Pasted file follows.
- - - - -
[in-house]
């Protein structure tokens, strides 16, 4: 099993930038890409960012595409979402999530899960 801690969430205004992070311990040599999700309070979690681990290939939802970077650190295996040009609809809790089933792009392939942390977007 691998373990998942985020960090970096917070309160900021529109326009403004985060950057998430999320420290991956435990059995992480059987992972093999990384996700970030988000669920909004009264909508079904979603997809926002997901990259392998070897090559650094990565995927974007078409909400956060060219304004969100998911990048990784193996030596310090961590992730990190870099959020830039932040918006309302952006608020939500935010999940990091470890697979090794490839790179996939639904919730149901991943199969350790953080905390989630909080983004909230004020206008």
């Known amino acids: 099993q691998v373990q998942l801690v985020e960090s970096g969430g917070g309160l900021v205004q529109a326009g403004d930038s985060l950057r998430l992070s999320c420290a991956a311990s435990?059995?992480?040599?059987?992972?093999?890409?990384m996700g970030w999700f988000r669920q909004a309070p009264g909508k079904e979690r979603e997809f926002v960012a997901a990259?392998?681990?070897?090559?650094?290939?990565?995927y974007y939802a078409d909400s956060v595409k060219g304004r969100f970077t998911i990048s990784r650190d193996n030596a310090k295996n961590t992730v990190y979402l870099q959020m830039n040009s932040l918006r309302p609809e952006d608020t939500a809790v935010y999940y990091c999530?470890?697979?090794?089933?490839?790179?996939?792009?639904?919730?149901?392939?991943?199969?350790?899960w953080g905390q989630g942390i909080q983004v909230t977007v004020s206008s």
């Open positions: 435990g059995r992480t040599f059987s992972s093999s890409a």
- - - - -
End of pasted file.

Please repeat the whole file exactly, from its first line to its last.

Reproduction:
[in-house]
């Protein structure tokens, strides 16, 4: 099993930038890409960012595409979402999530899960 801690969430205004992070311990040599999700309070979690681990290939939802970077650190295996040009609809809790089933792009392939942390977007 691998373990998942985020960090970096917070309160900021529109326009403004985060950057998430999320420290991956435990059995992480059987992972093999990384996700970030988000669920909004009264909508079904979603997809926002997901990259392998070897090559650094990565995927974007078409909400956060060219304004969100998911990048990784193996030596310090961590992730990190870099959020830039932040918006309302952006608020939500935010999940990091470890697979090794490839790179996939639904919730149901991943199969350790953080905390989630909080983004909230004020206008």
């Known amino acids: 099993q691998v373990q998942l801690v985020e960090s970096g969430g917070g309160l900021v205004q529109a326009g403004d930038s985060l950057r998430l992070s999320c420290a991956a311990s435990?059995?992480?040599?059987?992972?093999?890409?990384m996700g970030w999700f988000r669920q909004a309070p009264g909508k079904e979690r979603e997809f926002v960012a997901a990259?392998?681990?070897?090559?650094?290939?990565?995927y974007y939802a078409d909400s956060v595409k060219g304004r969100f970077t998911i990048s990784r650190d193996n030596a310090k295996n961590t992730v990190y979402l870099q959020m830039n040009s932040l918006r309302p609809e952006d608020t939500a809790v935010y999940y990091c999530?470890?697979?090794?089933?490839?790179?996939?792009?639904?919730?149901?392939?991943?199969?350790?899960w953080g905390q989630g942390i909080q983004v909230t977007v004020s206008s």
């Open positions: 435990g059995r992480t040599f059987s992972s093999s890409a």